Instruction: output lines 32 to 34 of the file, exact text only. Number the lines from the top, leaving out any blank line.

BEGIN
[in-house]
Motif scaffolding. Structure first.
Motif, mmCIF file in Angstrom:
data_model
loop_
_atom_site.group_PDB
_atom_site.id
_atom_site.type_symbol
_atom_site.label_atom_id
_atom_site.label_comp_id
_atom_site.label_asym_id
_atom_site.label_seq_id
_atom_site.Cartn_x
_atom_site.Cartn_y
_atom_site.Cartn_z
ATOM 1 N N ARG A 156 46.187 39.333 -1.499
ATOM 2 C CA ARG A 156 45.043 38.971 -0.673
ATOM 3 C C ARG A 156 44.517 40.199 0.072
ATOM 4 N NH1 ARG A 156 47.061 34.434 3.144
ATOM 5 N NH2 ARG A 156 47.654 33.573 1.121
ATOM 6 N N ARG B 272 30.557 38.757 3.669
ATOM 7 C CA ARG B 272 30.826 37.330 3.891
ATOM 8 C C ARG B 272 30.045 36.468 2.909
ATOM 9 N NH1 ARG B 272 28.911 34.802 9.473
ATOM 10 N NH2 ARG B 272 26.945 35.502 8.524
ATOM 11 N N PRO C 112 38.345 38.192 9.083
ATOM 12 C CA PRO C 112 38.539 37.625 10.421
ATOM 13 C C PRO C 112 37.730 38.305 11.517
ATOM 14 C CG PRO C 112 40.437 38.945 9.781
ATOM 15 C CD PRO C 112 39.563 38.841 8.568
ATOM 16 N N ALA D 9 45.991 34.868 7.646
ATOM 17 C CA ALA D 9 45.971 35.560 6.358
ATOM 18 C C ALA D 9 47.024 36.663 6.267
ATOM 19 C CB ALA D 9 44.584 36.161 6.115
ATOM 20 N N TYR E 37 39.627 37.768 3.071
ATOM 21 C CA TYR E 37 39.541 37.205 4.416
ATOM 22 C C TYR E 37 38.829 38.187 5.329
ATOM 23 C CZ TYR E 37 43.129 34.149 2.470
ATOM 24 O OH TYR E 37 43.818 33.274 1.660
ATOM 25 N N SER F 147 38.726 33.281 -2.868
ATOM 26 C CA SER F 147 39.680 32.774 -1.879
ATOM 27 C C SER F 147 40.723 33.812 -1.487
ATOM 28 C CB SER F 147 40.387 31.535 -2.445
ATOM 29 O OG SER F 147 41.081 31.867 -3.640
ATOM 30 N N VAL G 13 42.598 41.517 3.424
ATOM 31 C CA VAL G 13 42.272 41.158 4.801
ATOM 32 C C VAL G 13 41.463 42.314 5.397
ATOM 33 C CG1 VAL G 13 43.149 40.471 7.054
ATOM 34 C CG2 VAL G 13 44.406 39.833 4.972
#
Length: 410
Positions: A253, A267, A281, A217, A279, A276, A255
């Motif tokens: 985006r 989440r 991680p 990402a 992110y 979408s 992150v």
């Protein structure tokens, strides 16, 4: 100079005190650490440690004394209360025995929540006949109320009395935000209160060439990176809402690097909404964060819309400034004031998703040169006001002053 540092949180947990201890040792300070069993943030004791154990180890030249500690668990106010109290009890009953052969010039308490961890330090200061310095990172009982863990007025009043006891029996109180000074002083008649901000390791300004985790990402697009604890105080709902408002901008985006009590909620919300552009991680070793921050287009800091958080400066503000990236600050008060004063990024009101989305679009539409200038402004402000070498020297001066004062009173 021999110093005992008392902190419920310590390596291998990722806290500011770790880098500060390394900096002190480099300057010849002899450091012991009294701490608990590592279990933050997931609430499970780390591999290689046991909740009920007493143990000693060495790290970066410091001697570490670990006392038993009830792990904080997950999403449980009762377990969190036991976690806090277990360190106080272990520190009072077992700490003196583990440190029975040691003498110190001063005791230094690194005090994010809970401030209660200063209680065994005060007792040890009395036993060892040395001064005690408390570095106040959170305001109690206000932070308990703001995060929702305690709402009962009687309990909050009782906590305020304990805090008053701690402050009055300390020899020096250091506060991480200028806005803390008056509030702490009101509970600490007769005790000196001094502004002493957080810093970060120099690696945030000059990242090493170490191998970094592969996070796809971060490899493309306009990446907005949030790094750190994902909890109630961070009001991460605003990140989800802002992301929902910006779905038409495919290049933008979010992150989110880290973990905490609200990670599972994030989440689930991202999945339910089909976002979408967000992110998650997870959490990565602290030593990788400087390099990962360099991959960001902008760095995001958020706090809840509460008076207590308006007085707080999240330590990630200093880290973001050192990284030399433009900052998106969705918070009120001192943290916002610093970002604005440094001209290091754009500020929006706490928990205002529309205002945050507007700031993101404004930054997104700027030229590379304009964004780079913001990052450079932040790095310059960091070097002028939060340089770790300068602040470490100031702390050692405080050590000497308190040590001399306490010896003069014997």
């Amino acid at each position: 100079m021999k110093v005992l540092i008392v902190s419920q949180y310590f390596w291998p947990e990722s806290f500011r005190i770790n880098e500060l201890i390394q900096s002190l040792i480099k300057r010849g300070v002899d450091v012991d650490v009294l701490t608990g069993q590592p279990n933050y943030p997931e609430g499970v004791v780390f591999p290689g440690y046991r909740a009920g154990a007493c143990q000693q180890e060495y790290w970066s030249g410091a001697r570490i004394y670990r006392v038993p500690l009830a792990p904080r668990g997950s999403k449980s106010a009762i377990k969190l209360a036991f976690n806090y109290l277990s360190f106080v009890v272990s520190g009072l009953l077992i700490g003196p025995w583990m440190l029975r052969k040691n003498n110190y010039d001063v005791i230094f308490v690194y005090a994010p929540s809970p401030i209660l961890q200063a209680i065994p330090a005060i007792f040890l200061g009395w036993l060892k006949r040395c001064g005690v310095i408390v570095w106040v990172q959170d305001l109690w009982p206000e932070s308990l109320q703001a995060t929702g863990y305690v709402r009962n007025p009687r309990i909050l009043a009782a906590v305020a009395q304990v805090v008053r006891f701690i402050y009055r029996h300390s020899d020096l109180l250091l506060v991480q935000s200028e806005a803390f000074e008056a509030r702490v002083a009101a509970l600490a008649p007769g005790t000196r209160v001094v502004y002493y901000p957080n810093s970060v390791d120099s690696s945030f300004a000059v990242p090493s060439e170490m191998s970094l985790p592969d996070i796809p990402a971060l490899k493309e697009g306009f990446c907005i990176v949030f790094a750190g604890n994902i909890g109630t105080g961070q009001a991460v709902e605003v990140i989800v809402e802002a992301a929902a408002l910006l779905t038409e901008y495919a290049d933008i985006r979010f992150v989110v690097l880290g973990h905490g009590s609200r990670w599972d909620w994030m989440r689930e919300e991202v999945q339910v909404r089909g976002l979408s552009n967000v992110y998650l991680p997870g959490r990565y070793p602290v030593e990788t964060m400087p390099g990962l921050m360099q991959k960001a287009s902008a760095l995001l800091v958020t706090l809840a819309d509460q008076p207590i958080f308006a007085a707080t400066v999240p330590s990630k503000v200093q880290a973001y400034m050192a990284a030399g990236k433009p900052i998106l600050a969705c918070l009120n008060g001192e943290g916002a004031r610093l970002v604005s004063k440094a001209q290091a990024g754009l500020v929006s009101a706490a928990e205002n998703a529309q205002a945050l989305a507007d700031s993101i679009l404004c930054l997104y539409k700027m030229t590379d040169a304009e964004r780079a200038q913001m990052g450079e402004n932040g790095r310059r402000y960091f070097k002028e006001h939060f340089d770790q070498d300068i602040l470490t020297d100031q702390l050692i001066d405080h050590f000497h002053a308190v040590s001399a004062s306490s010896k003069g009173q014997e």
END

ATOM 17 C CA ALA D 9 45.971 35.560 6.358
ATOM 18 C C ALA D 9 47.024 36.663 6.267
ATOM 19 C CB ALA D 9 44.584 36.161 6.115